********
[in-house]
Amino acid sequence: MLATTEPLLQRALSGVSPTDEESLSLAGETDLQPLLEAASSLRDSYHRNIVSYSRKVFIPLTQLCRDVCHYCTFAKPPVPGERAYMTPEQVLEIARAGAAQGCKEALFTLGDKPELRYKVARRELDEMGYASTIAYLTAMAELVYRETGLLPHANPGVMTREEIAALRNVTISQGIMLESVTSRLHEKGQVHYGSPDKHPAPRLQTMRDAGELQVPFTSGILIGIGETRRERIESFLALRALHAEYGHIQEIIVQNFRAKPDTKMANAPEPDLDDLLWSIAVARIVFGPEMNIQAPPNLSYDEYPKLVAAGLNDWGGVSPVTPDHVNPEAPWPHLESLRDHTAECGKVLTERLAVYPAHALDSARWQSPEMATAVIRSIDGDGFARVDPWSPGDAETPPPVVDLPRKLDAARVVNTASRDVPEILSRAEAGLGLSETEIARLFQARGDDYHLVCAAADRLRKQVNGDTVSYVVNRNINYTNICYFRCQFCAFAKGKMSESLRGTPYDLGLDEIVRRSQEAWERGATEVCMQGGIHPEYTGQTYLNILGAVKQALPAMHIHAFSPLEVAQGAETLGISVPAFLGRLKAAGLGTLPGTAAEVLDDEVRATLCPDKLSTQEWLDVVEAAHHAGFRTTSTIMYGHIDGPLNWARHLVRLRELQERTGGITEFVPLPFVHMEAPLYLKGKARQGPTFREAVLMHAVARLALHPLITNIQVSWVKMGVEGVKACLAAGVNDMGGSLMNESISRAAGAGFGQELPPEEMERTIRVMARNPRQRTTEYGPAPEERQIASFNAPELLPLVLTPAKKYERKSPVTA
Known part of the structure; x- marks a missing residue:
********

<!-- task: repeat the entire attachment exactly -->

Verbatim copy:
[in-house]
Amino acid sequence: MLATTEPLLQRALSGVSPTDEESLSLAGETDLQPLLEAASSLRDSYHRNIVSYSRKVFIPLTQLCRDVCHYCTFAKPPVPGERAYMTPEQVLEIARAGAAQGCKEALFTLGDKPELRYKVARRELDEMGYASTIAYLTAMAELVYRETGLLPHANPGVMTREEIAALRNVTISQGIMLESVTSRLHEKGQVHYGSPDKHPAPRLQTMRDAGELQVPFTSGILIGIGETRRERIESFLALRALHAEYGHIQEIIVQNFRAKPDTKMANAPEPDLDDLLWSIAVARIVFGPEMNIQAPPNLSYDEYPKLVAAGLNDWGGVSPVTPDHVNPEAPWPHLESLRDHTAECGKVLTERLAVYPAHALDSARWQSPEMATAVIRSIDGDGFARVDPWSPGDAETPPPVVDLPRKLDAARVVNTASRDVPEILSRAEAGLGLSETEIARLFQARGDDYHLVCAAADRLRKQVNGDTVSYVVNRNINYTNICYFRCQFCAFAKGKMSESLRGTPYDLGLDEIVRRSQEAWERGATEVCMQGGIHPEYTGQTYLNILGAVKQALPAMHIHAFSPLEVAQGAETLGISVPAFLGRLKAAGLGTLPGTAAEVLDDEVRATLCPDKLSTQEWLDVVEAAHHAGFRTTSTIMYGHIDGPLNWARHLVRLRELQERTGGITEFVPLPFVHMEAPLYLKGKARQGPTFREAVLMHAVARLALHPLITNIQVSWVKMGVEGVKACLAAGVNDMGGSLMNESISRAAGAGFGQELPPEEMERTIRVMARNPRQRTTEYGPAPEERQIASFNAPELLPLVLTPAKKYERKSPVTA
Known part of the structure; x- marks a missing residue: